Figuring out the flesh you battle-Part 3
“One of the mysteries of the gospel tradition is this strange attraction of Jesus for the unattractive, this strange desire for the undesirable, this strange love for unlovely.” —Brennan Manning
The last flavor of flesh identified by Gillham is Yuck flesh. Yuck flesh is failure flesh—those who feel they are out after the first three pitches; those who compare their performance to others and always come up short. Sometimes they have blown it so badly that they are pretty sure they are forever a lost cause. If they were asked to evaluate their impact for Christ, they would give themselves really low marks or even a big fat zero. Sometimes people with Yuck flesh constantly try to be a better Christian but no matter how hard they try, it never seems to work. Most of the time they give up altogether.Yeah, put a big Christian “L” on their forehead.
Sound like your flavor of flesh? If so, I have just two things to say to you:
First, Therefore, there is now no condemnation for those who are in Christ Jesus, because through Christ Jesus the law of the Spirit who gives life has set youfree from the law of sin and death. For what the law was powerless to do because it was weakened by the flesh,God did by sending his own Son in the likeness of sinful flesh to be a sin offering. And so he condemned sin in the flesh, in order that the righteous requirement of the law might be fully met in us, who do not live according to the flesh but according to the Spirit. —Romans 8:1-4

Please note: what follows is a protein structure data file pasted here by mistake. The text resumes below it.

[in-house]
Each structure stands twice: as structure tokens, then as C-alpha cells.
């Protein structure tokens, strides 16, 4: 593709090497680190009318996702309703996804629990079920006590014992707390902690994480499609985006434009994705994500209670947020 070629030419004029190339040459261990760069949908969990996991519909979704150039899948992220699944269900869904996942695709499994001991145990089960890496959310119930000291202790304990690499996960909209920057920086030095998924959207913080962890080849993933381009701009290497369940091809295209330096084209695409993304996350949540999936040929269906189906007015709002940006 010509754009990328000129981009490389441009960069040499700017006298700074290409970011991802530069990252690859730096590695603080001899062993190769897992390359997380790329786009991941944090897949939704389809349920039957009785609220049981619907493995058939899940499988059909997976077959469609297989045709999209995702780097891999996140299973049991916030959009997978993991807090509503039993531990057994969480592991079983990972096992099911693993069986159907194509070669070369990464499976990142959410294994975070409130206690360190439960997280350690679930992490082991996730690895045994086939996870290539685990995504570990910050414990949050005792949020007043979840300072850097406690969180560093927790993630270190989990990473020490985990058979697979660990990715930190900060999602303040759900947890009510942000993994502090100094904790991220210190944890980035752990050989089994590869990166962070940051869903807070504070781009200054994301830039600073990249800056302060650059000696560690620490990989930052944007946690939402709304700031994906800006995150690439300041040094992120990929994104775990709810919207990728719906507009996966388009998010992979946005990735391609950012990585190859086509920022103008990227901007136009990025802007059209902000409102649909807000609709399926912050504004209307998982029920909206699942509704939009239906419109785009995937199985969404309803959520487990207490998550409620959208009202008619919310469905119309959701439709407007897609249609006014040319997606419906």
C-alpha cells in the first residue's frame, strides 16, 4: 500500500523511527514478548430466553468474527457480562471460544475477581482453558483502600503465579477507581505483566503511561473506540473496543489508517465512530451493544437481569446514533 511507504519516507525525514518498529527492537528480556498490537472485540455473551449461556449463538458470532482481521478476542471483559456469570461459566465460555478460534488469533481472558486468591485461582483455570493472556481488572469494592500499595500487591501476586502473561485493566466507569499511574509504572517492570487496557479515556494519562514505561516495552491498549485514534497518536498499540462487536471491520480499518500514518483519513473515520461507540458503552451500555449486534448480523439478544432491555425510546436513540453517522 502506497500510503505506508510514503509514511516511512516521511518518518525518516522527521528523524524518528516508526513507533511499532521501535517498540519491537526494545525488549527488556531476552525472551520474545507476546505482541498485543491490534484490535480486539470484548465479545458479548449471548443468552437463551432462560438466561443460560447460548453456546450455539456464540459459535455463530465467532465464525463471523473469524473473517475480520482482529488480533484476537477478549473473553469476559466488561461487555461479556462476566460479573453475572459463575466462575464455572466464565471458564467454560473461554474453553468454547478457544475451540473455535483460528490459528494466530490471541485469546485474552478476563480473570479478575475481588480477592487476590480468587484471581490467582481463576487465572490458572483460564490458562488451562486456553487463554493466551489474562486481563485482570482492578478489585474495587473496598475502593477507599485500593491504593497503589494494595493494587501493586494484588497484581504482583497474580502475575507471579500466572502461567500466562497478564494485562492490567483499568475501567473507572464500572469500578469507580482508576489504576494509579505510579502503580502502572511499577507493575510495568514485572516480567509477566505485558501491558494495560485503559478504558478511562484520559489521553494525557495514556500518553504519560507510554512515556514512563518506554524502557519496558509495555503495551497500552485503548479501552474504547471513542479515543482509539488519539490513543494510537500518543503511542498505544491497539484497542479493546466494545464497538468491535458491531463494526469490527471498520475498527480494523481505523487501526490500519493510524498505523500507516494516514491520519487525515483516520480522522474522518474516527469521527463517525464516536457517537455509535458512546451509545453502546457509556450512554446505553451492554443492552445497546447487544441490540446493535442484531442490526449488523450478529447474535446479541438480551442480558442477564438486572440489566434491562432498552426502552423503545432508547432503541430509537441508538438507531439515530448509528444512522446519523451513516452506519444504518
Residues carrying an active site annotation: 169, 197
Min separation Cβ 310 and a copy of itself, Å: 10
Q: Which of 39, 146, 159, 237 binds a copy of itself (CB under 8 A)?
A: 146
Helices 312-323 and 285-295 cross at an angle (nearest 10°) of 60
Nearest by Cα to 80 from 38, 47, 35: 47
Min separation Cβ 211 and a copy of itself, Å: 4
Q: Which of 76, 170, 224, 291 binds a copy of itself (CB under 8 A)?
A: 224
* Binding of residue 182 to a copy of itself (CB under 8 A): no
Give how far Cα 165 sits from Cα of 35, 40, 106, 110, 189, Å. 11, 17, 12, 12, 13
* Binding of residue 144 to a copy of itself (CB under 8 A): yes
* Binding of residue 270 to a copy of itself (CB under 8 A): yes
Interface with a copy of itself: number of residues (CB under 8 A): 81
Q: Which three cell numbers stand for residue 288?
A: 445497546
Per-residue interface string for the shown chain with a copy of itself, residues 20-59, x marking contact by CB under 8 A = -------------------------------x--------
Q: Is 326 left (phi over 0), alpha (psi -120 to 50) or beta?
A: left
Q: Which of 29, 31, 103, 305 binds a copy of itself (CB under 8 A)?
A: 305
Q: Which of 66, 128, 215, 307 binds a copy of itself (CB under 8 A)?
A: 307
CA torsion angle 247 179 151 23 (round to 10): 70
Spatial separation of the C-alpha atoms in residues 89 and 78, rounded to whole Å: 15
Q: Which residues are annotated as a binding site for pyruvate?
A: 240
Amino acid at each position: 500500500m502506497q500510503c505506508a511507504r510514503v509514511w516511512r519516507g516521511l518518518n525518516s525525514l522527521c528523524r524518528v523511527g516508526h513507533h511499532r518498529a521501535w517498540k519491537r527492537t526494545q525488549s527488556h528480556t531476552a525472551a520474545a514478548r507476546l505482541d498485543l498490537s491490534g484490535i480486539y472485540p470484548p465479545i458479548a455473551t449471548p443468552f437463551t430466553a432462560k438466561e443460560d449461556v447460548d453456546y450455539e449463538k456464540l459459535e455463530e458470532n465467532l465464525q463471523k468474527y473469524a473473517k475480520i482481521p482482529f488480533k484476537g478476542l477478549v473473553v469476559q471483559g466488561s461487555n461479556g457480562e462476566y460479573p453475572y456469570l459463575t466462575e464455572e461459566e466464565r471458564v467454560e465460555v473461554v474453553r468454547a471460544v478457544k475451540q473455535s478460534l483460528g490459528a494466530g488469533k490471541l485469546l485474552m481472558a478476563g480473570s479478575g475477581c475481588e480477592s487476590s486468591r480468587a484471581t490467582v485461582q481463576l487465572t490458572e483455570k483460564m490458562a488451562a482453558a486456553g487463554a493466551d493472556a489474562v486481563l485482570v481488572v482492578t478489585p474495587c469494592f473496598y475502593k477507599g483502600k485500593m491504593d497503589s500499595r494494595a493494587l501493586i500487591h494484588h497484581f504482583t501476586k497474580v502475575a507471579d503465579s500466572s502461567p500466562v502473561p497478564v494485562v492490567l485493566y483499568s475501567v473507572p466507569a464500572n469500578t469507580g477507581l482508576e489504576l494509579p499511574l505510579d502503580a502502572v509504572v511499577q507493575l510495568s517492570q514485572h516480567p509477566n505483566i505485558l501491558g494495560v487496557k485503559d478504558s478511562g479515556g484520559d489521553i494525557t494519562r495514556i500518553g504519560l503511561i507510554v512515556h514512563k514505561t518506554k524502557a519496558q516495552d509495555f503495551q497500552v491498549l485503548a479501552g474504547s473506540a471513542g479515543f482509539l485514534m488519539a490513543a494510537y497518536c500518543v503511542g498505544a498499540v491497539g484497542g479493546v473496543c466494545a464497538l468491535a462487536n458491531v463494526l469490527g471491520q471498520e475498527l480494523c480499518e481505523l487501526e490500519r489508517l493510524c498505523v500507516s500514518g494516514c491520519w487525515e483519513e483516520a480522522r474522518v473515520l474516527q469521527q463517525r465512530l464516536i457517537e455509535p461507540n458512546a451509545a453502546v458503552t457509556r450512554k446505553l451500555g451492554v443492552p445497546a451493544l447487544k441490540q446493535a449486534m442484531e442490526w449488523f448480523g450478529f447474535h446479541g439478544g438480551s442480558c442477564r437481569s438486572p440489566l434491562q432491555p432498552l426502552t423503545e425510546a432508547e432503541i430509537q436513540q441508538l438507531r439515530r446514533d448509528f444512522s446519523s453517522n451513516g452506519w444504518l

Secondly, all flesh is yuck. You’re just fortunate enough to be able to see it for what it is.
Oh Jesus, thank You for coming. Thank You for receiving me just the way I am. Thank You for giving me another option to the flesh. Thank You for showing the way to live according to the Spirit… thank You. Amen.
Listen to Pete, Jill & Stuart Briscoe on the Telling the Truth broadcast at OnePlace.com
Jill Briscoe with answers to the “Why?” of pain and suffering!
“Why?” is one of the most enduring questions we ask when confronted with trials, pain, and suffering. Why does God allow such things, particularly in the lives of believers? And how are you supposed to react to them? Is it okay to be angry? To question God? To be shaken in your faith?
Jill Briscoe explores these tough questions and finds answers in her study of the Book of Job called Out of the Storm and into God’s Arms. With study questions at the end of each chapter, Out of the Storm shows that you don’t have to just survive hard times. You can actually thrive during them!
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